You can cycle through the Middle East, with some advance planning: ie burka coverings for women going through Saudi Arabia, and special VISAs for Syria. Image via Tyson Manering while cycling through Jordan.
Bicycle touring enthusiasts interested in going on biking tours of the Middle East are now discovering that this sport is not just confined to North America, Europe and Asian countries like China and Japan. While it is true that Western countries have the most developed system of bike touring maps and travel info, Middle East countries also have cycling information that can enable either individuals or groups to undergo a unique and interesting travel experience. Eco-tourism at its finest. But is cycling the Middle East possible and safe?While previous Green Prophet articles have praised the best eco tourism in the Middle East , including how to be ecologically responsible while embarking on hiking treks, not enough attention has been given for those who have considered going on tours via pedal power in this region, which has much to offer to adventurous bike riders.
One of the foremost authorities on bike trekking in this part of the world is a guy named Stephen Lord, who recently published a book entitled The Adventure Cycle-Touring Handbook in which he gives a number of tips on how to go to places that may not have an advanced infrastructure any may require building a modified terrain type of two-wheeler “from the ground up”.
The tour site Travelling Two gives a number of tips worth noting for traveling in these Middle East countries, including those for women bike riders. Advanced preparation beforehand is crucially important, especially in respect to having the proper equipment suitable for riding on rough “off the road” terrain.
Here are a few of their tips for Middle East bike touring which are worth noting:
* For Western Travellers – and this can apply to Israeli ones too in “allowed countries” such as Egypt, Jordan, and Turkey – a traveler will be get a chance to meet the ordinary citizens of the country first-hand, and will soon discover that local people are much more friendly than what is officially said by their government. After all, in the Middle East, the first general rule is kindness to visitors. You may very easily find yourself eating a feast with a local family.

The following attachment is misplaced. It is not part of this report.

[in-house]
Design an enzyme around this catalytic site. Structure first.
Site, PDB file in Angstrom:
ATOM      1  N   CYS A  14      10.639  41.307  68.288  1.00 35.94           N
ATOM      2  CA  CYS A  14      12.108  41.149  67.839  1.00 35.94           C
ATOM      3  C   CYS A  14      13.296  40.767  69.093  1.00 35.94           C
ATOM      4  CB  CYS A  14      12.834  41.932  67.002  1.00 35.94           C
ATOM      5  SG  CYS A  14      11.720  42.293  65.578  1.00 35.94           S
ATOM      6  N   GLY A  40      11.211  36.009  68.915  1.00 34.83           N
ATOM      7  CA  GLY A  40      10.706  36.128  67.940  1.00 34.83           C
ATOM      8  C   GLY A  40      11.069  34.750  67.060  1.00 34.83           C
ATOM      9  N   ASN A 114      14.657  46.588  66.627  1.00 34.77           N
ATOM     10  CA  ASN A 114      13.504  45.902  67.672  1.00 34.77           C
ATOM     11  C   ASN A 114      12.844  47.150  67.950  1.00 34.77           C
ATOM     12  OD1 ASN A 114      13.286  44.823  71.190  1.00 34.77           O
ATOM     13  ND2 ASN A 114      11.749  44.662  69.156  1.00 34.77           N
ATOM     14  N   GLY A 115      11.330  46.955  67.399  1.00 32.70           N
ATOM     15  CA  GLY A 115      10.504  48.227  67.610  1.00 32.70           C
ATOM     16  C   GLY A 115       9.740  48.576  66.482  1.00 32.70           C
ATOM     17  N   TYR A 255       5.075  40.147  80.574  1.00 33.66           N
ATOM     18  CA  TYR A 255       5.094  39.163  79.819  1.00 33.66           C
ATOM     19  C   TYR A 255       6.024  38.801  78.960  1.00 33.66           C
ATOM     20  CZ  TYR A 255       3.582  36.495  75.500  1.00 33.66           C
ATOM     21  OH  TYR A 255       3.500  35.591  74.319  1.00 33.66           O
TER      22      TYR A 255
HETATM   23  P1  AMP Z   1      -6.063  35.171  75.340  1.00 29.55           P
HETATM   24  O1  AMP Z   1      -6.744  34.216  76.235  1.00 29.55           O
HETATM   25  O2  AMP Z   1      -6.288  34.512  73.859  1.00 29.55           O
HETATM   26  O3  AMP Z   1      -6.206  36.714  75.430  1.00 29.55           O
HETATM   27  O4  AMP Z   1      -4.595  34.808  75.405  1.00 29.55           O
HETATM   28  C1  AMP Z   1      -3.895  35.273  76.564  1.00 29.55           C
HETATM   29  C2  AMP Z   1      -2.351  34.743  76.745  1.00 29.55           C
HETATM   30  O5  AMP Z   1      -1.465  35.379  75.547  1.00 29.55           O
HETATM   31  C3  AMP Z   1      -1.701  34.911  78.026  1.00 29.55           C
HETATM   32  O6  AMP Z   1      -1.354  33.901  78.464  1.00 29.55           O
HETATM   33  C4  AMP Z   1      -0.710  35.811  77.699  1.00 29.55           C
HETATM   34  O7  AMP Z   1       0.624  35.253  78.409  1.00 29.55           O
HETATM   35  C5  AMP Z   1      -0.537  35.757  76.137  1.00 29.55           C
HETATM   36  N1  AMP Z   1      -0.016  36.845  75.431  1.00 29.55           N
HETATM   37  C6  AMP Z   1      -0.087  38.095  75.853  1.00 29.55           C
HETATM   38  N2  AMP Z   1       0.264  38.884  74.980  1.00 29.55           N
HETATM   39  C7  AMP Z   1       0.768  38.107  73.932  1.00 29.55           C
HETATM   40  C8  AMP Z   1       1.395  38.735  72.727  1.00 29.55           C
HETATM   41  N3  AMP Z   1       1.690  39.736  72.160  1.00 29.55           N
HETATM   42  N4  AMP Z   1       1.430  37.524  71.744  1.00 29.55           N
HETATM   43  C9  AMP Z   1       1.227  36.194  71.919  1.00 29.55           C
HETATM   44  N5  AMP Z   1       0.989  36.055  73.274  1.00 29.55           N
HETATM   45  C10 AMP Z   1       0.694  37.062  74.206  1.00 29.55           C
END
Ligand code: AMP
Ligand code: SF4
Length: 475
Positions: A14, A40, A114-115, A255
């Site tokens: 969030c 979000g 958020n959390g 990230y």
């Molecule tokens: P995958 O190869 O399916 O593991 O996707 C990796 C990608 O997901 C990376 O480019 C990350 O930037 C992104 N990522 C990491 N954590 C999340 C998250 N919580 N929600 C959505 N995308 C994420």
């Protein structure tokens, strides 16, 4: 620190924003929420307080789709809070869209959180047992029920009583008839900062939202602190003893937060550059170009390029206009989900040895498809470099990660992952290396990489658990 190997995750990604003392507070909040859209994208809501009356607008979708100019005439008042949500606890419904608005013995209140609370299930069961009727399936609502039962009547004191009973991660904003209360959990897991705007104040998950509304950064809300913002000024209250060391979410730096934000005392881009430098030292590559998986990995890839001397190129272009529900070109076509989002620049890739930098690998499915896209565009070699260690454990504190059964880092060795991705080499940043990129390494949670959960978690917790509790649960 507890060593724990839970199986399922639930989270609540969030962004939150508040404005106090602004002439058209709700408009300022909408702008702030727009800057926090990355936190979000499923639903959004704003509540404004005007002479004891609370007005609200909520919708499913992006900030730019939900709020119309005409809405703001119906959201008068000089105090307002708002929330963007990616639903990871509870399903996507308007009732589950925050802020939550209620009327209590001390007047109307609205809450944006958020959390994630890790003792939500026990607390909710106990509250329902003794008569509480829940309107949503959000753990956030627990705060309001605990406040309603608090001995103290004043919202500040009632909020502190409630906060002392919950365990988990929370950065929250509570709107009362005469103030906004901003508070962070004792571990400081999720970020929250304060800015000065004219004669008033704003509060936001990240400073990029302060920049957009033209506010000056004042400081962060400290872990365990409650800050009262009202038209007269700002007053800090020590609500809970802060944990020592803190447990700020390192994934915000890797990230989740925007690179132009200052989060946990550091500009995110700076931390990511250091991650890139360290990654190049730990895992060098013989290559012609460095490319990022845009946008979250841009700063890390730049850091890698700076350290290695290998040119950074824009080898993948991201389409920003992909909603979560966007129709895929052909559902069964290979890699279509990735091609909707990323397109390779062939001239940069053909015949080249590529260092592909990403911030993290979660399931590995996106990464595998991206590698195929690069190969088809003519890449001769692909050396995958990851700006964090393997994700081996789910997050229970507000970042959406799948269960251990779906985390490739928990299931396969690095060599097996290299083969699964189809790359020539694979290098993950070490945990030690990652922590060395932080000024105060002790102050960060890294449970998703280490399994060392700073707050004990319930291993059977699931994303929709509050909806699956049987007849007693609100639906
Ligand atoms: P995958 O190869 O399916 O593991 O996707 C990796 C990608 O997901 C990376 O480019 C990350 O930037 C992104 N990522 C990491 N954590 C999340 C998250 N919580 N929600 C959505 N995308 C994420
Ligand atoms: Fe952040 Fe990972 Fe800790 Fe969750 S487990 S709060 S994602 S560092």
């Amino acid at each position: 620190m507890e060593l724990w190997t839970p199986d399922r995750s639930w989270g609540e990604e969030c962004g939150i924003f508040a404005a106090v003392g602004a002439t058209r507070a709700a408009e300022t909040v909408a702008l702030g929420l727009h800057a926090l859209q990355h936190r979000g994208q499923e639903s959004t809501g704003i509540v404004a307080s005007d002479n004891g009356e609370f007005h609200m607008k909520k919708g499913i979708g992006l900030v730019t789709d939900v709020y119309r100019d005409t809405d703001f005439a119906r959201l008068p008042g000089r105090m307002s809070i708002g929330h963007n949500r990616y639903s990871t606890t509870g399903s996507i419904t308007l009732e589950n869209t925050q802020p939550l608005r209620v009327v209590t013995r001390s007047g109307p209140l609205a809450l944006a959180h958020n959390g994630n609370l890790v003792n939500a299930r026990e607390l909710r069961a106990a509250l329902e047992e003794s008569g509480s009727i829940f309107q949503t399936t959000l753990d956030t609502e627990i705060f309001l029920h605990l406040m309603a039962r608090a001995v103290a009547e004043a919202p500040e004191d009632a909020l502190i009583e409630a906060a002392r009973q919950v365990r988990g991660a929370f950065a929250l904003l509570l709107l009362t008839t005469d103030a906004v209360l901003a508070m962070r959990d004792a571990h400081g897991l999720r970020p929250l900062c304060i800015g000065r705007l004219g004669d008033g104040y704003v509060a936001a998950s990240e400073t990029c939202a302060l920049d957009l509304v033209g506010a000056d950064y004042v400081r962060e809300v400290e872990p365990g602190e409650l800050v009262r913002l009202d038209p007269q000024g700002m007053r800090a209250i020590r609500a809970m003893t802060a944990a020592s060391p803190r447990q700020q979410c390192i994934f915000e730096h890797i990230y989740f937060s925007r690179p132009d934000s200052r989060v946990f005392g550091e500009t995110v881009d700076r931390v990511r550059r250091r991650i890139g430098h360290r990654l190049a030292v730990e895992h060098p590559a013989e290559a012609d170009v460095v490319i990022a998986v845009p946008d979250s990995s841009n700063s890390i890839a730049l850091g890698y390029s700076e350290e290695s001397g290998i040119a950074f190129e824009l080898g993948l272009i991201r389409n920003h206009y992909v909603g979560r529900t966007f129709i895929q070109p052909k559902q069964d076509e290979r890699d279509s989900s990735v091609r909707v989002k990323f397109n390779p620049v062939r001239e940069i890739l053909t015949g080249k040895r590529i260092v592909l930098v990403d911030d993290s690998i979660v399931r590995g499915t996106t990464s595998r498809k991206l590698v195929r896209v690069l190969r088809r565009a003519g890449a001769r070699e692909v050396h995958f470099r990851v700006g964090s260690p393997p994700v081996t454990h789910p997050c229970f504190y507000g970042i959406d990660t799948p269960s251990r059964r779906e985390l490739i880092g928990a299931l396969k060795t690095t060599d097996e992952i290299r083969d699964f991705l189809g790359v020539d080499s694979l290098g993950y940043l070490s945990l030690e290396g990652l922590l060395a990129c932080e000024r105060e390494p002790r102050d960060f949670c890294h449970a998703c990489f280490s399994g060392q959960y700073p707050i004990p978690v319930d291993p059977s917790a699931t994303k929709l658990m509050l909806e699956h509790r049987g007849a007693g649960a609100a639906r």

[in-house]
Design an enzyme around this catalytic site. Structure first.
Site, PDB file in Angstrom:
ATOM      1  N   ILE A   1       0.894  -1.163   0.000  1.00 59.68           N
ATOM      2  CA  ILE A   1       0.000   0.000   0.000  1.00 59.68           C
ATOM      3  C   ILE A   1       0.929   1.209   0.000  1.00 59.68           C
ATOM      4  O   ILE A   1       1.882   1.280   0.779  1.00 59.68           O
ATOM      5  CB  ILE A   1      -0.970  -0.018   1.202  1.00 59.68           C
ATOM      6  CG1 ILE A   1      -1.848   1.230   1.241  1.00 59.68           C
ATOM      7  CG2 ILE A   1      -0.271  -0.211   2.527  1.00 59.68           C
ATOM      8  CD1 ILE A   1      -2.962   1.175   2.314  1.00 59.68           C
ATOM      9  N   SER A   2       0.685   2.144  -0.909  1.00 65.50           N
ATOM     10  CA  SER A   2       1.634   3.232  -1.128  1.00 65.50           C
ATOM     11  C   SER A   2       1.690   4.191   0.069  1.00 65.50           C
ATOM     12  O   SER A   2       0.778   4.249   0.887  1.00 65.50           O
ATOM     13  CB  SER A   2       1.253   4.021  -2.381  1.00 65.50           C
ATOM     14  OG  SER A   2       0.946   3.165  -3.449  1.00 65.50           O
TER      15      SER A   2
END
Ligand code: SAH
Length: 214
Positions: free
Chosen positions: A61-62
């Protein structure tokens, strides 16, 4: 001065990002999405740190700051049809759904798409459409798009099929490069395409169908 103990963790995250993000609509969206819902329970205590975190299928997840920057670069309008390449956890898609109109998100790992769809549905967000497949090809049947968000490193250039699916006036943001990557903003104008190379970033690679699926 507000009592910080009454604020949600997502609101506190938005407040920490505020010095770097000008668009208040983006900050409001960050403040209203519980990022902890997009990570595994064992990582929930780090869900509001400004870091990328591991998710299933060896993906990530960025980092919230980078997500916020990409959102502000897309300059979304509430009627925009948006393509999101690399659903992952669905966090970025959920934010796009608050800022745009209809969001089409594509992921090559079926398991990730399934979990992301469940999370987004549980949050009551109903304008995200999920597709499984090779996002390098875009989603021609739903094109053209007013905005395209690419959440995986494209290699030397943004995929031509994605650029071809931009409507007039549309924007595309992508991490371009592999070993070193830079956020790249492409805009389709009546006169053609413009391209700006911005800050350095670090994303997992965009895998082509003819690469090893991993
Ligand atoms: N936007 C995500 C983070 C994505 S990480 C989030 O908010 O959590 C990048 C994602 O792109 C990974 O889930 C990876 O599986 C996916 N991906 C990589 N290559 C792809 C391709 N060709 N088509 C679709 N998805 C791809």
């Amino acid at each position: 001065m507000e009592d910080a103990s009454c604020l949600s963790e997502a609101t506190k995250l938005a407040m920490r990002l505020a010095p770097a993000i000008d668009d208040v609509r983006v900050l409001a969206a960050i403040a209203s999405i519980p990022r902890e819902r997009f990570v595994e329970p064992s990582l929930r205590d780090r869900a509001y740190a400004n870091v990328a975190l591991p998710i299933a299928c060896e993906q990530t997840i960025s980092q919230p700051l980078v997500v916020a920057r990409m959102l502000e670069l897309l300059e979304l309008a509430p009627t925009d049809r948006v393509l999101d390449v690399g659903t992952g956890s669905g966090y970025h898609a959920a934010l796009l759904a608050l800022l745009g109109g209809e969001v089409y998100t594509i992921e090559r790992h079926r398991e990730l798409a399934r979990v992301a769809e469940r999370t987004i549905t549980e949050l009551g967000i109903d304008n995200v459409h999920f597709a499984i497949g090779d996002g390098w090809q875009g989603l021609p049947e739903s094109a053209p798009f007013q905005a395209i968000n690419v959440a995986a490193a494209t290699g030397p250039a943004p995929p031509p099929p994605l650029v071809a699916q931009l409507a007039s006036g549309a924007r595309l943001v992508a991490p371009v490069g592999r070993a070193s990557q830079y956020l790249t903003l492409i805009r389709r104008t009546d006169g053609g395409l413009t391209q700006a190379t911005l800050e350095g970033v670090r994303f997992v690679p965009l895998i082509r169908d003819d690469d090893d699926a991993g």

* For women travelers, especially those going to conservative countries, conservative dress codes are important, although one does not have to overdo it. We’ve heard in Saudi Arabia cyclists should wear complete covering from head to toe and in most cases, women on the road should not travel alone – this goes for Turkey, Syria, Sinai, Egypt, and Jordan especially, and should be especially cautious towards truckers. Dress codes are also important for men too, especially in areas where even men wearing shorts can be considered as wearing “un-Islamic dress.”
* Getting visas for countries like Syria: Travelling Two Notes that those interested in visiting countries like Syria (those politically able to) need to get a VISA in advance, but that travelers from countries like Ireland and New Zealand (where no official Syrian diplomatic missions are located) can get a VISA at the border. An easy way if you are coming by land from Europe through Turkey is to get a VISA at Istanbul or Ankara.
Bike tourists considering a touring itinerary of Jordan will definitely want to include a bike tour of Petra and Wadi Rum, as well as a scenic ride along the Kings Highway to Aqaba on the Red Sea.
Naturally, those living in Israel have a problem touring most Middle Eastern countries, but there are plenty of bike touring possibilities within Israel itself to satisfy even the most seasoned two wheel trekker. Since Israel has a well established infrastructure for cycling enthusiasts, I’ll leave this topic for a future article in itself. It is considered very safe for women to travel in Israel alone, except for areas in the West Bank.
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